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  Life   More Features  17 Mar 2017  Dance like a (Wo)man

Dance like a (Wo)man

THE ASIAN AGE. | DYUTI BASU
Published : Mar 17, 2017, 12:16 am IST
Updated : Mar 17, 2017, 6:20 am IST

The form is actually a precursor to the more popular form, Odissi, but has very few exponents in today’s world.

The group is now all set to perform their dance for an audience at the NCPA today.
 The group is now all set to perform their dance for an audience at the NCPA today.

Gotipua is a traditional dance form, which finds its roots in Odisha. The form is actually a precursor to the more popular form, Odissi, but has very few exponents in today’s world. To breathe new life into the dance form, dancer and choreographer Aloka Kanungo established Sthapatya Satya. The group is now all set to perform their dance for an audience at the NCPA today.

“It is a very rigorous dance form, which includes a lot of acrobatics. It is performed by young boys who are still in their adolescence and dress up as girls to perform. They are trained in both music, dance and acrobatics from a very young age before they take to the stage,” she elaborates, adding that the reason why the dance form has become so endangered is because there were superstitions that the dance form affected the growth of the boys.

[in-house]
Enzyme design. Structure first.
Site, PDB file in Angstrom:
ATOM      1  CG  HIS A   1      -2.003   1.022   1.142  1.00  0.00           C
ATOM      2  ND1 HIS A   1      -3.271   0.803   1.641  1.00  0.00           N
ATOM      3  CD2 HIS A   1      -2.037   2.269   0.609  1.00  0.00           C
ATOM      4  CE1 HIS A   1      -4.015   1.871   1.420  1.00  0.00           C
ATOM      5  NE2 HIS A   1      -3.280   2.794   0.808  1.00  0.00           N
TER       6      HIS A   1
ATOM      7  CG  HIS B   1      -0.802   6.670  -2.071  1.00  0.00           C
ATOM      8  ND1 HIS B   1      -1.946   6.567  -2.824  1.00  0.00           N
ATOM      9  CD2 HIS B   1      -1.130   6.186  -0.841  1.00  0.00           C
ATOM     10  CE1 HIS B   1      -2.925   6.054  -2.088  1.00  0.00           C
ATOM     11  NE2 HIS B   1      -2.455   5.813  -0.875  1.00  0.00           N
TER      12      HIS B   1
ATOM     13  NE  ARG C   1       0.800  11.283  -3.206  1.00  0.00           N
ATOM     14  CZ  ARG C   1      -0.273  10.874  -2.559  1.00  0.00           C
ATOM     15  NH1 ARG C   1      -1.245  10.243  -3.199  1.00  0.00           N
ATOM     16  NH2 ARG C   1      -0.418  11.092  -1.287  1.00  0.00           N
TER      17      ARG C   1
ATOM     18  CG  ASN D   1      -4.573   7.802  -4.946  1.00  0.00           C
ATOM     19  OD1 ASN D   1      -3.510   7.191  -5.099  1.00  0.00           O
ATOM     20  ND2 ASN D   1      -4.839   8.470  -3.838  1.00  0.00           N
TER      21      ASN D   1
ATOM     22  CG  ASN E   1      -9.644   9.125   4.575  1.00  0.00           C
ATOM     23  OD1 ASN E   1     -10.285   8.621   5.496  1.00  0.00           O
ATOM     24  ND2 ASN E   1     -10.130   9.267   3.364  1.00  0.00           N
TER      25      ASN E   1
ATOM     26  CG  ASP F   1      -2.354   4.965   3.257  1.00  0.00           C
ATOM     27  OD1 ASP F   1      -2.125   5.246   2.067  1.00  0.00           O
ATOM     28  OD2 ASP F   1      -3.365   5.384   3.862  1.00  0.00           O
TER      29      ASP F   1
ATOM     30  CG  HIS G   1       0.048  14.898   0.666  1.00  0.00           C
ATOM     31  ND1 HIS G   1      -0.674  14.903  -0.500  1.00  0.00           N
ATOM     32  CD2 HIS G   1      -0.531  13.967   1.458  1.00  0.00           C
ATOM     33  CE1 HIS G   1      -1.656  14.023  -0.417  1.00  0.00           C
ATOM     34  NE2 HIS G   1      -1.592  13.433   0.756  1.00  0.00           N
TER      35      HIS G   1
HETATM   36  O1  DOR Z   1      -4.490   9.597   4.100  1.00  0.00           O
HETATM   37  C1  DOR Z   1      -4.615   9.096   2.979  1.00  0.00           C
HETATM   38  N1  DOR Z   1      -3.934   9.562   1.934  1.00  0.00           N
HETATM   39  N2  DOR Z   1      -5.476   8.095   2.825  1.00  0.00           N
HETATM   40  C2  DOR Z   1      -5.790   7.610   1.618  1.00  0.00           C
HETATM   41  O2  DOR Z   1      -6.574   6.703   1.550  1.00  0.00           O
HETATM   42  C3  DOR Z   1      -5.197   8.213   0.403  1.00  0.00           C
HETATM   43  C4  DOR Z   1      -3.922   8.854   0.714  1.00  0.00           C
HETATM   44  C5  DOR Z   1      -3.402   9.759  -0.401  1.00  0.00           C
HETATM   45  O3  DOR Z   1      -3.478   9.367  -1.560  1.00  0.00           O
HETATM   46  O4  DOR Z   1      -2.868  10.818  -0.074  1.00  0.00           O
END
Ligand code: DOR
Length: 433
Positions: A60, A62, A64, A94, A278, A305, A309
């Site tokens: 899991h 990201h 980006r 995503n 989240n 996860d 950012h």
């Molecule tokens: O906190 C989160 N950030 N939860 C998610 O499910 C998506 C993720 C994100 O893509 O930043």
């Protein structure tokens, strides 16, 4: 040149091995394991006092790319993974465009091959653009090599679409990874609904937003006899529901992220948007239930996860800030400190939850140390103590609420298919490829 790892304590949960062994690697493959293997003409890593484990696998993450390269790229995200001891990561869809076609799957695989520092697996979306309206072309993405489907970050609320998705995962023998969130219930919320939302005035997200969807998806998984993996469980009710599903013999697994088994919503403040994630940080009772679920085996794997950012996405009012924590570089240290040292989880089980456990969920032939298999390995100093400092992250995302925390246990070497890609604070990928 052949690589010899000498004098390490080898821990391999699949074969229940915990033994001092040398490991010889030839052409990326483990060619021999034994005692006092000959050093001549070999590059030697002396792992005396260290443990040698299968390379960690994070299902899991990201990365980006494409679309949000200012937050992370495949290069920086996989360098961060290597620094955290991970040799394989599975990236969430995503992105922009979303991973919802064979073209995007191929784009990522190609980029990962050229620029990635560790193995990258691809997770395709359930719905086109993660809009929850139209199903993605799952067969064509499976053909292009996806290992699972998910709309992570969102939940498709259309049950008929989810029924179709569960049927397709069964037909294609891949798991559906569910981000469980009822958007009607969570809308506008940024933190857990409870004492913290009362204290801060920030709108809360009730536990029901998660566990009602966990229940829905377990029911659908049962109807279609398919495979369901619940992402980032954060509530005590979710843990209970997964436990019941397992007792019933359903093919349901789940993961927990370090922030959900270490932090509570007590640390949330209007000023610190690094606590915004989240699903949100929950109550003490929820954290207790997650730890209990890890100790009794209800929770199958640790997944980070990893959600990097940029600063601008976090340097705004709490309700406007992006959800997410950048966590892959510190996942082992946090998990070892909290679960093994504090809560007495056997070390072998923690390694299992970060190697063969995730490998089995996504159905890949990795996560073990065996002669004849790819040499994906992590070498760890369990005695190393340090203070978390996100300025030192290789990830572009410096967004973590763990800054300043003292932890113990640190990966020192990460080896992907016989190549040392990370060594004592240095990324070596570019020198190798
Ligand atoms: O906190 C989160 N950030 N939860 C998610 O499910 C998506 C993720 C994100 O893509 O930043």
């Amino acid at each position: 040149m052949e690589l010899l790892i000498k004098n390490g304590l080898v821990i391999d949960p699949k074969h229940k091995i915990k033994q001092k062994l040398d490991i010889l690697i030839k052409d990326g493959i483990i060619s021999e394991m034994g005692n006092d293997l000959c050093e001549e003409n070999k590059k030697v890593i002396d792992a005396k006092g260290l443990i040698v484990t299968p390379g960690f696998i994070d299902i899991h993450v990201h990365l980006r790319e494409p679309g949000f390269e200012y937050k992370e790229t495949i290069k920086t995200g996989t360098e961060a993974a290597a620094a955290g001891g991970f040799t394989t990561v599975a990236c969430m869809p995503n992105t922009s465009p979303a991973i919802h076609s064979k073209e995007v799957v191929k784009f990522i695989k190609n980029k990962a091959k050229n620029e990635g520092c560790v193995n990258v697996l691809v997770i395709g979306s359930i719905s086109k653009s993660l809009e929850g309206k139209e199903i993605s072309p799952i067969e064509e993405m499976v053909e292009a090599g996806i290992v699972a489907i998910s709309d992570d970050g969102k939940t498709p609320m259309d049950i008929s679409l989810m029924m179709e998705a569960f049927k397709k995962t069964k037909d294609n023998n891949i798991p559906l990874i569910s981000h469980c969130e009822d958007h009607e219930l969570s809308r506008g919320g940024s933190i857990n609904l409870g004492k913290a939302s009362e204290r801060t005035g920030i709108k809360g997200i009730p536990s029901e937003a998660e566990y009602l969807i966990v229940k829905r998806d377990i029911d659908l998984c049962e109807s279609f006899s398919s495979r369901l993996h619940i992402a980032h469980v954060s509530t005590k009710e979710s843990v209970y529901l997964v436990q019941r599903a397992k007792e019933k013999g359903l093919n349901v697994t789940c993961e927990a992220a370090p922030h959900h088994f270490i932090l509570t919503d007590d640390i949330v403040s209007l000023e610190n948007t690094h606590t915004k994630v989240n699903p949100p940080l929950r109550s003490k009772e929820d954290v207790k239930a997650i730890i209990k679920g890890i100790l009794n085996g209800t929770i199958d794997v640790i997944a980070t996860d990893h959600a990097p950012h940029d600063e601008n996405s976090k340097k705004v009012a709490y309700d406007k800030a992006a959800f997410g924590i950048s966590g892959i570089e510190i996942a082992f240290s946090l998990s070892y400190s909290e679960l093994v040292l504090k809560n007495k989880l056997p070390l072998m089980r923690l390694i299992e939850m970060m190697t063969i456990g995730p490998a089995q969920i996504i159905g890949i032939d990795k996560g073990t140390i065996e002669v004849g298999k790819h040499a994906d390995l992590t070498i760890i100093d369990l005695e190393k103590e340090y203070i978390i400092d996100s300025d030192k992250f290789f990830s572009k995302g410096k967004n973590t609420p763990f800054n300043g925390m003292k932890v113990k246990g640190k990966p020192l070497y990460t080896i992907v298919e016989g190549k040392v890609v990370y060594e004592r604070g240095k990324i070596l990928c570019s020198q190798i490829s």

It took years of research for Aloka to understand the dance form and its significance. The reason for only having adolescent boys for the form is obvious. “The kind of acrobatics that the boys have to do can only be done while the body retains that kind of flexibility and after a certain age, it becomes impossible,” explains Aloka.

However, there are still a number of facts around the dance, which are still somewhat uncertain. One of them is the reason behind the costumes that the boys have to wear. According to Aloka, the birth of the dance was during an era of a lot of socio-political change in the region, which may have been the reason behind the boys’ having to dress up like boys. “One reason could be the sakhi bhava, which was propagated by Chaitanya Prabhu at around this time and propagated the belief that Krishna is the one true male and the rest all female. It could also be because of the parda pratha, which came into practice around this time with the Mughal rule. So, boys were made to dress up as women and dance, since women dancing in public would be seen as a stigma,” she elaborates.

Today, the form is received with much enthusiasm by audiences. “I am reviving an old dance form, but it is new to the audiences and the audience is always eager to watch something new. I want the dance form to come back in full force, and so far the positive response has been very encouraging,” she signs off.

Today, 7 pm onwards, At Experimental Theatre, NCPA, Nariman Point.

Tags: ncpa, gotipua, sthapatya satya